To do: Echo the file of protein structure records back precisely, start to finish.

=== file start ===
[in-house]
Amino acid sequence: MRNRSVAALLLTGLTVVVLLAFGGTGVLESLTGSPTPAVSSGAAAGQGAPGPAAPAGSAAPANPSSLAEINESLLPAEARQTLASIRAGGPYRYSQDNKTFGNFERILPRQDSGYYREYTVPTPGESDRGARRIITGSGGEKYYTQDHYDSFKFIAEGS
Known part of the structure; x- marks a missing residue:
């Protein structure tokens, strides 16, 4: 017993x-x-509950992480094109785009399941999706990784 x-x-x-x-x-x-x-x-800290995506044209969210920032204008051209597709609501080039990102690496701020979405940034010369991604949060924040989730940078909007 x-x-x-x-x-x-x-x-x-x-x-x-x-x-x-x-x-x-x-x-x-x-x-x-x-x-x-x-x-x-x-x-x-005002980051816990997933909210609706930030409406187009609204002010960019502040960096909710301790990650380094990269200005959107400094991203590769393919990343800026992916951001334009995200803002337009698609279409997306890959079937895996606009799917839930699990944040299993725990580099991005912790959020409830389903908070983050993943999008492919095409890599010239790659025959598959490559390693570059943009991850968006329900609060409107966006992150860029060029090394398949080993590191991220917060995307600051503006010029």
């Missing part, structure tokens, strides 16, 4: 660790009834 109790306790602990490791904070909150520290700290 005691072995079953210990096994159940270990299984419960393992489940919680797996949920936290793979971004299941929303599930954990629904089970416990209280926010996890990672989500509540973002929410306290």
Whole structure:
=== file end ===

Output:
[in-house]
Amino acid sequence: MRNRSVAALLLTGLTVVVLLAFGGTGVLESLTGSPTPAVSSGAAAGQGAPGPAAPAGSAAPANPSSLAEINESLLPAEARQTLASIRAGGPYRYSQDNKTFGNFERILPRQDSGYYREYTVPTPGESDRGARRIITGSGGEKYYTQDHYDSFKFIAEGS
Known part of the structure; x- marks a missing residue:
């Protein structure tokens, strides 16, 4: 017993x-x-509950992480094109785009399941999706990784 x-x-x-x-x-x-x-x-800290995506044209969210920032204008051209597709609501080039990102690496701020979405940034010369991604949060924040989730940078909007 x-x-x-x-x-x-x-x-x-x-x-x-x-x-x-x-x-x-x-x-x-x-x-x-x-x-x-x-x-x-x-x-x-005002980051816990997933909210609706930030409406187009609204002010960019502040960096909710301790990650380094990269200005959107400094991203590769393919990343800026992916951001334009995200803002337009698609279409997306890959079937895996606009799917839930699990944040299993725990580099991005912790959020409830389903908070983050993943999008492919095409890599010239790659025959598959490559390693570059943009991850968006329900609060409107966006992150860029060029090394398949080993590191991220917060995307600051503006010029």
């Missing part, structure tokens, strides 16, 4: 660790009834 109790306790602990490791904070909150520290700290 005691072995079953210990096994159940270990299984419960393992489940919680797996949920936290793979971004299941929303599930954990629904089970416990209280926010996890990672989500509540973002929410306290």
Whole structure: